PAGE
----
At least that's how things seemed on the outside.
Sandra Pleasants, E.R.Y.T. 500
Certified Junior Intermediate Iyengar Yoga Instructor
Please contact Sandra directly for more information on her classes and class schedule at 434-361-2262 or sandra.pleasants [a] gmail.com
* Monday Level I/II at 9:15 AM held at Rockfish Valley Community Center in Nellysford, VA
* Monday Level II/III at 6:00PM held at Rockfish Valley Community Center in Nellysford, VA
* Wednesday Level I/II at 9:30AM held at Blue Ridge Yoga Center in Charlottesville, VA
* Thursday Level I/II at 6:00PM held at The Nelson Center, JABA room in Lovingston, VA
Classes Monday and Thursday are $15 for dropins and $112 if paying for a session which is 8 weeks.
Jyotisha: The Yoga of the Cosmos
Interview with Dr. Katyayani Poole, Ph.D
By Sara Avant Stover
She hadn't spoken to her brother in three years. Despite being a dedicated yoga teacher and practitioner and serving as Core Power's Colorado regional manager, Heather Peterson couldn't find the tools to mend this familial divide.
"All of the other work I've done to heal this relationship" she revealed, "are interesting and good, but to understand things from a larger, karmic perspective through Jyotisha (pronounced joe-teesh-ah) helped me to make bigger changes."
Use your yoga teachings to inspire social change.
Drinking ginger tea, omitting dairy foods from her diet and taking daily walks became as routine as brushing her teeth for Jennifer Cormier, a Pilates instructor at Inward Bound Wellness in Ashland, Oregon. To shed winter weight and brighten her complexion with spring's arrival, Jenn dabbled with Ayurveda (pronounced eye-yur-vay-dah), India's traditional healing science. After a month of adhering to these ancient daily rituals, Jenn began to feel more in rhythm with the budding of new life around her. She began to laugh more and sleep more soundly. Her digestion improved, her eyes sparkled, and she had more energy to exercise and enjoy activities with friends and family.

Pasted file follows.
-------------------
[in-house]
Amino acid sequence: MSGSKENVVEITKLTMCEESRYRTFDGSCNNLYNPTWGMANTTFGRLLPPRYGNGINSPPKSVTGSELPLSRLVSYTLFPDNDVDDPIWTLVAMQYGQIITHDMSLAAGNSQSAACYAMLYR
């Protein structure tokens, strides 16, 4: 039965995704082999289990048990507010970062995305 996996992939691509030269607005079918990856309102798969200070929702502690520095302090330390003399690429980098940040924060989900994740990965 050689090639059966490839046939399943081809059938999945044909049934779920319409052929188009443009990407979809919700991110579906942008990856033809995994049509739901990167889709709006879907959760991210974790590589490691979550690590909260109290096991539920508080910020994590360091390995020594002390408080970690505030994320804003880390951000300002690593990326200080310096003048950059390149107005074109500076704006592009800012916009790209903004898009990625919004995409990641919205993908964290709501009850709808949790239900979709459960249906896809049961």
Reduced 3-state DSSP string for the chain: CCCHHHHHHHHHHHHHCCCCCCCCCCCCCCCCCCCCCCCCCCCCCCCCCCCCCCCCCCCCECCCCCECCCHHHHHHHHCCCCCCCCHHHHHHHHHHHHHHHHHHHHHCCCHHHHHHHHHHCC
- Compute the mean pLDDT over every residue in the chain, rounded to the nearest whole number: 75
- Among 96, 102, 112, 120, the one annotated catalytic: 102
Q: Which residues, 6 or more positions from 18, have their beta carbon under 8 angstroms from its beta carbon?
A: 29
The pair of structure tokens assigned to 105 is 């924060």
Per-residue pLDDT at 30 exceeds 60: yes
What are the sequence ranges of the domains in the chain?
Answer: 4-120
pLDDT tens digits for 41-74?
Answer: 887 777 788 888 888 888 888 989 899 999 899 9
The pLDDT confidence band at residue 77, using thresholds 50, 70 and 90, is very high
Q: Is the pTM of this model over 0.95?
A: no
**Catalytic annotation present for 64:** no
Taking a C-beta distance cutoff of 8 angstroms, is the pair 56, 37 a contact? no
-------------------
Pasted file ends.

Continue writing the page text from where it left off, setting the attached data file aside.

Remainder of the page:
Sandra Pleasants, E.R.Y.T. 500
Certified Junior Intermediate Iyengar Yoga Instructor
Please contact Sandra directly for more information on her classes and class schedule at 434-361-2262 or sandra.pleasants [a] gmail.com
* Monday Level I/II at 9:00AM held at Rockfish Valley Community Center in Nellysford, VA
* Monday Level II/III at 6:00PM held at Rockfish Valley Community Center in Nellysford, VA
* Wednesday Seniors at 9:30AM held at Blue Ridge Yoga Center in Charlottesville, VA
* Thursday Level I/II at 9:00AM held at Rockfish Valley Community Center in Nellysford, VA
* Thursday Level I/II at 6:00PM held at Trinity Episcopal Church Parish Hall in Arrington, VA
A true artist can sense when he has achieved the perfect balance between tradition and innovation. In the category of "yoga rock stars" and kirtan ( a form of Indian devotional music) leaders, Jai Uttal is such an artist. I had heard his voice many times:bellowing through the speakers of the car stereo as I sped down the highway, whispering through the earphones of my iPod as I jetsetted overseas, buzzing softly in the lobby of yoga studios as I unfurled my mat. But meeting the face and the personality behind his victorious voice and eclectic melodies felt surprisingly like visiting with an old friend.
Welcome to iHanuman: Love Service Devotion Yoga. We are an online community of yoga teachers dedicated to serving our students through new media. We have created a bridge between students, teachers and the ancient teachings of yoga. Please check back often for new information and updates. In the meantime, you may want to browse Our Community of Teachers or listen to audio and video of Our Latest Features or perhaps browse and Download Audio and Video Classes in Our Download Store.
Thanks for helping to build the bridge with iHanuman.
Namaste
It was a late lunch/early dinner (linner? Or lunner?) with a good friend, and after addressing and quickly solving a number of thorny issues that have troubled humankind for millennia, our attention wandered from swerve of shore to bend of bay and settled on the strange case of the Yoga Sutra. No one knows much of anything concrete about the origins and authorship of this little curiosity of about 1200 words, maybe 100 fewer than the Declaration of Independence. Estimates of its date of composition range anywhere from 200 BCE to 200 CE, its authorship, or more precisely compilation attributed to a semi-mythical figure named Patanjali.